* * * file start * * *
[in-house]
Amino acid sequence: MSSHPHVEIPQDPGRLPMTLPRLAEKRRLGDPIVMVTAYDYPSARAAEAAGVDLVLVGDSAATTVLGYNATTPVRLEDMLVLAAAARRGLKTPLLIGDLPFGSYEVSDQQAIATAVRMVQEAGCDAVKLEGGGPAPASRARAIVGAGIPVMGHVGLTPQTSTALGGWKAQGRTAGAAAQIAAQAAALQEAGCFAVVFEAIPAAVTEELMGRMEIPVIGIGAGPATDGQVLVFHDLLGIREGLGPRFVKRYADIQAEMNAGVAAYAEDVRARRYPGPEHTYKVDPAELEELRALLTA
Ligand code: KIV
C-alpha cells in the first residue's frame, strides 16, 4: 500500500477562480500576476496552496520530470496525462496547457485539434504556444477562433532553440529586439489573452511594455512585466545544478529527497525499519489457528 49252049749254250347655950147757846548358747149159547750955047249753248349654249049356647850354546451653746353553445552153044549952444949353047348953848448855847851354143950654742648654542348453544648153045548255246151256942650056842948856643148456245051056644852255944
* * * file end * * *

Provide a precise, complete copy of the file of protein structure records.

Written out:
[in-house]
Amino acid sequence: MSSHPHVEIPQDPGRLPMTLPRLAEKRRLGDPIVMVTAYDYPSARAAEAAGVDLVLVGDSAATTVLGYNATTPVRLEDMLVLAAAARRGLKTPLLIGDLPFGSYEVSDQQAIATAVRMVQEAGCDAVKLEGGGPAPASRARAIVGAGIPVMGHVGLTPQTSTALGGWKAQGRTAGAAAQIAAQAAALQEAGCFAVVFEAIPAAVTEELMGRMEIPVIGIGAGPATDGQVLVFHDLLGIREGLGPRFVKRYADIQAEMNAGVAAYAEDVRARRYPGPEHTYKVDPAELEELRALLTA
Ligand code: KIV
C-alpha cells in the first residue's frame, strides 16, 4: 500500500477562480500576476496552496520530470496525462496547457485539434504556444477562433532553440529586439489573452511594455512585466545544478529527497525499519489457528 49252049749254250347655950147757846548358747149159547750955047249753248349654249049356647850354546451653746353553445552153044549952444949353047348953848448855847851354143950654742648654542348453544648153045548255246151256942650056842948856643148456245051056644852255944